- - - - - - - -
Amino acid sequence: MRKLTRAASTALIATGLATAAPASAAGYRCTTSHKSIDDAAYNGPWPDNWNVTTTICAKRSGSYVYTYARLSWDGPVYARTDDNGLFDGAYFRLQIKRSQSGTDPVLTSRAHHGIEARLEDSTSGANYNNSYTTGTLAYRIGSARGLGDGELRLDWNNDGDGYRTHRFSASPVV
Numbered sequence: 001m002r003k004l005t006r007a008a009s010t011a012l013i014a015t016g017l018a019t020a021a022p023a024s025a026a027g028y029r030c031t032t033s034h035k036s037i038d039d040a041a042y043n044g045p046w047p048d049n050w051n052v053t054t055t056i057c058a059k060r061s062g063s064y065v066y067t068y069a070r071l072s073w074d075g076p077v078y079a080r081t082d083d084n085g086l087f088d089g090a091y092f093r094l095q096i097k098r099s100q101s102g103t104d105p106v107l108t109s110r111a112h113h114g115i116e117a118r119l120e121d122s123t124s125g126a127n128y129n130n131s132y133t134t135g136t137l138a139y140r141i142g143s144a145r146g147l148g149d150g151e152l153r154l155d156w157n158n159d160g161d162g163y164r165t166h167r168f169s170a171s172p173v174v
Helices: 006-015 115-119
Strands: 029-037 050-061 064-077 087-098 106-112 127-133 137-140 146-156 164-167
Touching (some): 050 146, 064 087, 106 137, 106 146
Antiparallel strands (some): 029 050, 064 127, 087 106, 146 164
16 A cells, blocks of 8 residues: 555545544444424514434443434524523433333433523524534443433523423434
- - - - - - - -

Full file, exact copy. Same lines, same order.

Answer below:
Amino acid sequence: MRKLTRAASTALIATGLATAAPASAAGYRCTTSHKSIDDAAYNGPWPDNWNVTTTICAKRSGSYVYTYARLSWDGPVYARTDDNGLFDGAYFRLQIKRSQSGTDPVLTSRAHHGIEARLEDSTSGANYNNSYTTGTLAYRIGSARGLGDGELRLDWNNDGDGYRTHRFSASPVV
Numbered sequence: 001m002r003k004l005t006r007a008a009s010t011a012l013i014a015t016g017l018a019t020a021a022p023a024s025a026a027g028y029r030c031t032t033s034h035k036s037i038d039d040a041a042y043n044g045p046w047p048d049n050w051n052v053t054t055t056i057c058a059k060r061s062g063s064y065v066y067t068y069a070r071l072s073w074d075g076p077v078y079a080r081t082d083d084n085g086l087f088d089g090a091y092f093r094l095q096i097k098r099s100q101s102g103t104d105p106v107l108t109s110r111a112h113h114g115i116e117a118r119l120e121d122s123t124s125g126a127n128y129n130n131s132y133t134t135g136t137l138a139y140r141i142g143s144a145r146g147l148g149d150g151e152l153r154l155d156w157n158n159d160g161d162g163y164r165t166h167r168f169s170a171s172p173v174v
Helices: 006-015 115-119
Strands: 029-037 050-061 064-077 087-098 106-112 127-133 137-140 146-156 164-167
Touching (some): 050 146, 064 087, 106 137, 106 146
Antiparallel strands (some): 029 050, 064 127, 087 106, 146 164
16 A cells, blocks of 8 residues: 555545544444424514434443434524523433333433523524534443433523423434